The foreign press’s view of the 49.3 vote on pensions reform, described as a “sledgehammer reform,” a “weakened and isolated” president, and a “blocked Republic?”

The decision to pass the pension reform without a vote on the text is making headlines in major British, Spanish, German, Belgian, Italian and American newspapers. Their reading of the French situation is at least pessimistic.

“64 is not enough”: The sign held up by the rebellious MPs in the hemicycle was featured on the front page of many foreign newspapers

on Friday, March 17th, from the American New York Times to the Spanish El País and the British Daily Telegraph and Belgian newspaper Le Soir. The latter headlined it as “a power play” in reference to the use of Article 49.3 of the Constitution to pass the pension reform without a vote in the National Assembly.

The Guardian across the Channel is referring to a “power play” while Le Temps de Geneve speaks bluntly of the “nuclear button of Article 49.3”. According to the Swiss newspaper, “democratic violence is tolerated in budgetary texts, but not on such a sensitive and important issue for the French as pension reform.” The Tageszeitung, for its part, calls it a “reform imposed with a club”. The German newspaper wonders why in France “a word from the executive rather than a vote in proper form in Parliament is enough to pass, legally, a bill that the population clearly rejects”.

Foreign press is also pointing to the risk of an outbreak. In Italy, La Repubblica published on its front page a photo of protesters gathered Thursday night at Place de la Concorde in Paris with smoke bombs and a twilight atmosphere. The German newspaper Die Zeit, meanwhile, is worried about a protest that threatens to become radicalized, noting that in some municipalities power plant employees have cut off power.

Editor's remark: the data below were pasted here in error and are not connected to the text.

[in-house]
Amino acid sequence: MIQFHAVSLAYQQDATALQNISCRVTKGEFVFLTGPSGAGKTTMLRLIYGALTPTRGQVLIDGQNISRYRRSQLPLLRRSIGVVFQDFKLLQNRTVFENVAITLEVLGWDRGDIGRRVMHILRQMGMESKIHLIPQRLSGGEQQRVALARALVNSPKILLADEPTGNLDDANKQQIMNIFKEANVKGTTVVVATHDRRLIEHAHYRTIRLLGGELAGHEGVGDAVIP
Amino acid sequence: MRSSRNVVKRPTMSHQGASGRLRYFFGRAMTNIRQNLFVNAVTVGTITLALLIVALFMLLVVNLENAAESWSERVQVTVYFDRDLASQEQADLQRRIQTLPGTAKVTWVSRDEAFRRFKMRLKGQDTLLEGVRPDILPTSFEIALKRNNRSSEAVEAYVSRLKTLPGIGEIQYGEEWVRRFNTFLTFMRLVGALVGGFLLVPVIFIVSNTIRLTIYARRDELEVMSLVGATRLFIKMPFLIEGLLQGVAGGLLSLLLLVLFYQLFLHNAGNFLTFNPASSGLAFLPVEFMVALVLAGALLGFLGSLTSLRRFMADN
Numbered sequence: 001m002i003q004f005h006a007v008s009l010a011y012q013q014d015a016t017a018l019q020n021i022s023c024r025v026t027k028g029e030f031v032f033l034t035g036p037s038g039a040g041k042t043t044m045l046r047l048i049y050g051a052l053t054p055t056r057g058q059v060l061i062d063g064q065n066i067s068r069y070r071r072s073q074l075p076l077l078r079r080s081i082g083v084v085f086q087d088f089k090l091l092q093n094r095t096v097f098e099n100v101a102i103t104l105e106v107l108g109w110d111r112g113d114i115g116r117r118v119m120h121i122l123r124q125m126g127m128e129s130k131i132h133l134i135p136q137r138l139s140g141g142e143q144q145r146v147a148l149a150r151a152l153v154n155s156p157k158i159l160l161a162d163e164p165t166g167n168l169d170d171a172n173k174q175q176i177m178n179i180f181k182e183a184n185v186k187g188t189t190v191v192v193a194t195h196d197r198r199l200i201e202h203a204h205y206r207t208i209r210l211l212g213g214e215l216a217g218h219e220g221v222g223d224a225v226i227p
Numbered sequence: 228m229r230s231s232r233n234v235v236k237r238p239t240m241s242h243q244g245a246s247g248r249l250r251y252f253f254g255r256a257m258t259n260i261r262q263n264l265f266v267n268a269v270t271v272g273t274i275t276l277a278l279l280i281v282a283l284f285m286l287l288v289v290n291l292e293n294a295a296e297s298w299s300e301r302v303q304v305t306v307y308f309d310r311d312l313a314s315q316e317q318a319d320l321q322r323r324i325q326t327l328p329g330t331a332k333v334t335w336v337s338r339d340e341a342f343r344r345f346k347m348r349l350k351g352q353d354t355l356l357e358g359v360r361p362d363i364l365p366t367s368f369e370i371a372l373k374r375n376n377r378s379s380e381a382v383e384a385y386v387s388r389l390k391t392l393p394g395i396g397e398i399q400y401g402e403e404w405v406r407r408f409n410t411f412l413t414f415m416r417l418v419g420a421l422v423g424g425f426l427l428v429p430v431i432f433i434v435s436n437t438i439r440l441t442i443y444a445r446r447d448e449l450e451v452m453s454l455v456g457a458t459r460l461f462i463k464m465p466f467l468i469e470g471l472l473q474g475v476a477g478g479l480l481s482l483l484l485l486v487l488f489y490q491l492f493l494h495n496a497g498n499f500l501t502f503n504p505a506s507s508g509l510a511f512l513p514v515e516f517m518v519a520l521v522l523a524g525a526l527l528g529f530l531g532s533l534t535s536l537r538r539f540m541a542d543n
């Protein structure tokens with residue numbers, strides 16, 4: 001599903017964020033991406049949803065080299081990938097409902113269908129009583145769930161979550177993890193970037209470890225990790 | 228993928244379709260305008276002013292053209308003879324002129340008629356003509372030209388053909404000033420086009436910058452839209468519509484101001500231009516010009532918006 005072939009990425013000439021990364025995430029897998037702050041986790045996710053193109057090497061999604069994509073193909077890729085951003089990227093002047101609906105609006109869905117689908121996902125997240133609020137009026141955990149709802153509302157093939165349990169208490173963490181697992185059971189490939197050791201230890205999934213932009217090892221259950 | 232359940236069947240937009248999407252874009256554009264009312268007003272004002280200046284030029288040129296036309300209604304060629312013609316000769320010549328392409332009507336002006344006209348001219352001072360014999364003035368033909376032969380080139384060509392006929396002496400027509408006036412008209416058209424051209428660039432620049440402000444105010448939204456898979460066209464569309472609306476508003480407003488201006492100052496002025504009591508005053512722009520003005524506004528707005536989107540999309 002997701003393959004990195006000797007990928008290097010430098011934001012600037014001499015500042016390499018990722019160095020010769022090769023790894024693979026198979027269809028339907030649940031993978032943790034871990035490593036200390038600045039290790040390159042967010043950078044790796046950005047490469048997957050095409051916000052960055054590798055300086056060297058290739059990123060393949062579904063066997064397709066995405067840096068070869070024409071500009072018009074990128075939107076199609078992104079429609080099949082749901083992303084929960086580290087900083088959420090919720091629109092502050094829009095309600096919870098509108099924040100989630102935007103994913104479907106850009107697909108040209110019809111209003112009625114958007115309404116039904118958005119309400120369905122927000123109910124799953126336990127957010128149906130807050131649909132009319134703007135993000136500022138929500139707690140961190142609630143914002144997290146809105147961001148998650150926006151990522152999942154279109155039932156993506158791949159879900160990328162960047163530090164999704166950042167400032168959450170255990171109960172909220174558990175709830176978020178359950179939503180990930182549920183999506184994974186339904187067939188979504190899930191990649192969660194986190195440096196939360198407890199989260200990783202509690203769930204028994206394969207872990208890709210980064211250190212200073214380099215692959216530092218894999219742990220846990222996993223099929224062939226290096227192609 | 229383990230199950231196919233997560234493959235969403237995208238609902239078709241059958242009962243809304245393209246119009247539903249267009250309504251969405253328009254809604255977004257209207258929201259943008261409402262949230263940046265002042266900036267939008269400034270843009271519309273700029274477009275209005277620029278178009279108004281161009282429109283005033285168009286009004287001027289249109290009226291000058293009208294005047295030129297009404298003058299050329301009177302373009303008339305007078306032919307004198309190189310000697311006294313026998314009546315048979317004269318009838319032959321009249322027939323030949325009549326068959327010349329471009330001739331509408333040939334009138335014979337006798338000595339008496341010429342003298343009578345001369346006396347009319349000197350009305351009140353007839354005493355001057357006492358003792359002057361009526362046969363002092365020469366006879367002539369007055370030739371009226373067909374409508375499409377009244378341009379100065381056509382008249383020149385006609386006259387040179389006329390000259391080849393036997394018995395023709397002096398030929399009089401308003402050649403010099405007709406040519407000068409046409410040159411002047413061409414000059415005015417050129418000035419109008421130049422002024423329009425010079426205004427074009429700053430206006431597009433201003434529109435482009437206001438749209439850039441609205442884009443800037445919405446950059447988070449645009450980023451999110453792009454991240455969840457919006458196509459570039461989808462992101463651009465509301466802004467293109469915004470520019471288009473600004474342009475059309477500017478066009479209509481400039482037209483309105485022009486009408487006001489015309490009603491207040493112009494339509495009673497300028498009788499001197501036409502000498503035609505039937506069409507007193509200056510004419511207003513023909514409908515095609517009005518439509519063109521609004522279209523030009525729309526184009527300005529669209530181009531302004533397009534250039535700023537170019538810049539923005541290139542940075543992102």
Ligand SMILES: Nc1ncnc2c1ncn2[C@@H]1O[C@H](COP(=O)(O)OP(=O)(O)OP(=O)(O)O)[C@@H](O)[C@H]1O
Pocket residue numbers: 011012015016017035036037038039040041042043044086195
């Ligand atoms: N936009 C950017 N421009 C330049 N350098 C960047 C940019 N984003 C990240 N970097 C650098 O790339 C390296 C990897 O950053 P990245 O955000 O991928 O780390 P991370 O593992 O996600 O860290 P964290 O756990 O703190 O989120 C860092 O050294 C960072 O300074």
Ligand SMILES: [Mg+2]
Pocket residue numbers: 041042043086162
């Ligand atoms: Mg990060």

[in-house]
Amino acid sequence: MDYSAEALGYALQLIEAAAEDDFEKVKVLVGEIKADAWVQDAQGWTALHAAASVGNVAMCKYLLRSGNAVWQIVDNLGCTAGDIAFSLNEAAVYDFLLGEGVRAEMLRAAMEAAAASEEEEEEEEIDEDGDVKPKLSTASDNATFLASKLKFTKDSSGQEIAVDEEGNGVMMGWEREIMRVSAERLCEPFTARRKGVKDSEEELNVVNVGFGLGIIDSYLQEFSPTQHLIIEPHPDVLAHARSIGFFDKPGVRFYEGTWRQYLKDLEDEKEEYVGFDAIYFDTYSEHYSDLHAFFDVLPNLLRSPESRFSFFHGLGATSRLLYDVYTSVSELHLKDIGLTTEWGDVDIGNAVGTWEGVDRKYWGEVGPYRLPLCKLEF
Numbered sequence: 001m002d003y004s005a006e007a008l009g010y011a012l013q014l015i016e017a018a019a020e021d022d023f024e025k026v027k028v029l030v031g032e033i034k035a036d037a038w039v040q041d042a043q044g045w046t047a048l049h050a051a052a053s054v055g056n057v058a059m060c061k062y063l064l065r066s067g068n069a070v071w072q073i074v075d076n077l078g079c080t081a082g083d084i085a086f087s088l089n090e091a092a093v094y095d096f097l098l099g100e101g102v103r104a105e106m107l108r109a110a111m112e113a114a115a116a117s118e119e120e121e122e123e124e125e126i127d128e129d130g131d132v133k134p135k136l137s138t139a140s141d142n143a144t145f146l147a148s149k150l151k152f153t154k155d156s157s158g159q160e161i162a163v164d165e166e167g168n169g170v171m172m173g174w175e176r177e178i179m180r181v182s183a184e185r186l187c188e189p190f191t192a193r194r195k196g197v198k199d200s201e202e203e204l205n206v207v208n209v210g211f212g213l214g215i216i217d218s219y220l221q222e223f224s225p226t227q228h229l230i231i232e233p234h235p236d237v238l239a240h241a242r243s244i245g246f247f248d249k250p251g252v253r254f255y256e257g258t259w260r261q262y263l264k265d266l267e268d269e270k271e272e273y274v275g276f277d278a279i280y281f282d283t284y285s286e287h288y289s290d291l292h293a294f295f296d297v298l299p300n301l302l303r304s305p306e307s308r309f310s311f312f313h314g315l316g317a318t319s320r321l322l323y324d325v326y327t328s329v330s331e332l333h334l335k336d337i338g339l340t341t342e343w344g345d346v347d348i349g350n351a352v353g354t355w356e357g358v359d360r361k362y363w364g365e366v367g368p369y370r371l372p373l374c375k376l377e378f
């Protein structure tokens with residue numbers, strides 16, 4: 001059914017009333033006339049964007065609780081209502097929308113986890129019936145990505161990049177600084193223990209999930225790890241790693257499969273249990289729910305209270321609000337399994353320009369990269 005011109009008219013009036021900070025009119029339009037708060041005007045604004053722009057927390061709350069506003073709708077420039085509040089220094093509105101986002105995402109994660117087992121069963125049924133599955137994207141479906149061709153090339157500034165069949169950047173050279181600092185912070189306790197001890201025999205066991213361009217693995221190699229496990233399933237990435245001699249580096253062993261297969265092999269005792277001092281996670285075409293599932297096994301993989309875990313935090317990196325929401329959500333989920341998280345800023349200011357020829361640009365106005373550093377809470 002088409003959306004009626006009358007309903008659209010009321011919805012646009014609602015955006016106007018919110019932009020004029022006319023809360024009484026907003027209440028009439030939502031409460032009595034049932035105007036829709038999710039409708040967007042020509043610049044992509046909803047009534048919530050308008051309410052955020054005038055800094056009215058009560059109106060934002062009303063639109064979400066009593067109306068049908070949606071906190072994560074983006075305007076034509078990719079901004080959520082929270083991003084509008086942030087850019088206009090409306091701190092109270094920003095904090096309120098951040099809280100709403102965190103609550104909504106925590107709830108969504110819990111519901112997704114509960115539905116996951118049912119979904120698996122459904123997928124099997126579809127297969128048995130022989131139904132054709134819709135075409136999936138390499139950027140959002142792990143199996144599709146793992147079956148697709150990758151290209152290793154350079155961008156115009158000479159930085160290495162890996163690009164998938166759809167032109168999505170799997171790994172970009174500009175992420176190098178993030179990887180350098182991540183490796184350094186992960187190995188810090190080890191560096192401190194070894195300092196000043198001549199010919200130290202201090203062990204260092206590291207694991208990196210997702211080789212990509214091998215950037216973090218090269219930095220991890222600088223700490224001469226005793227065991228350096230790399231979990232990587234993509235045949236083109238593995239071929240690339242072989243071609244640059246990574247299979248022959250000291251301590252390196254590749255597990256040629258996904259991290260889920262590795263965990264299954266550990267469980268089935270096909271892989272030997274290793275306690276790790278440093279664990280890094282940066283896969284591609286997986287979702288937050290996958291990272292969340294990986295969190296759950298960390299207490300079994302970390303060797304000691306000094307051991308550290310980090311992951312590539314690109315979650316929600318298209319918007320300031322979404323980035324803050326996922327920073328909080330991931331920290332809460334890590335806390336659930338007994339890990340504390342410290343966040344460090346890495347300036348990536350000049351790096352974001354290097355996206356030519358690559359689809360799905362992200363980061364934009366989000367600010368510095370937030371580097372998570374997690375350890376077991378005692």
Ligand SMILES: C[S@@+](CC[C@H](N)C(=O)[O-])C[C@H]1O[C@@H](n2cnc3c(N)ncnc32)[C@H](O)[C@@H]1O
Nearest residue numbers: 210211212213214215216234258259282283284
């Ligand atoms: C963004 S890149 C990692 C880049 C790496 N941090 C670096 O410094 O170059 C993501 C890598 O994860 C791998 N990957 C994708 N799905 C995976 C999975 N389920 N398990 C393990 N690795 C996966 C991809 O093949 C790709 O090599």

Emmanuel Macron has never seemed so weak.

The French President is widely seen as the responsible party for this crisis. According to the Daily Telegraph, he “has never appeared so weak”. His opponents, the newspaper continues, have often caricatured him as an elitist ‘President of the Rich’, but by denying democracy he is only giving them ammunition. The danger for him is not resignation, but impotence for the rest of his term.
Emmanuel Macron, first responsible and first victim of this sequence, judges foreign editorialists. A “weakened and isolated” President according to the New York Times, a “very affected” Head of State according to La Vanguardia from Spain. While El País attempts a comparison: “Emmanuel Macron, always questioned for his haughty and disconnected character from the street, has entered into the same phase as his predecessors Alain Juppé in 1995 and Nicolas Sarkozy in 2010 when they also reformed pensions”.


Foreign press fear long-term consequences as evidenced by the title chosen by Die Zeit: “The Blocked Republic”. According to the German daily, “this reform will weigh heavily on the country, knowing that there are reforms from which a government never recovers”. The use of 49.3 “is the symbol of a deep institutional crisis”, El Pais agrees. La Libre Belgique considers the “price to pay for this constitutional stratagem” to be “considerable”. Emmanuel Macron “will not appease an already unleashed National Assembly and will give water to the mill of populists,” predicts the Spanish newspaper.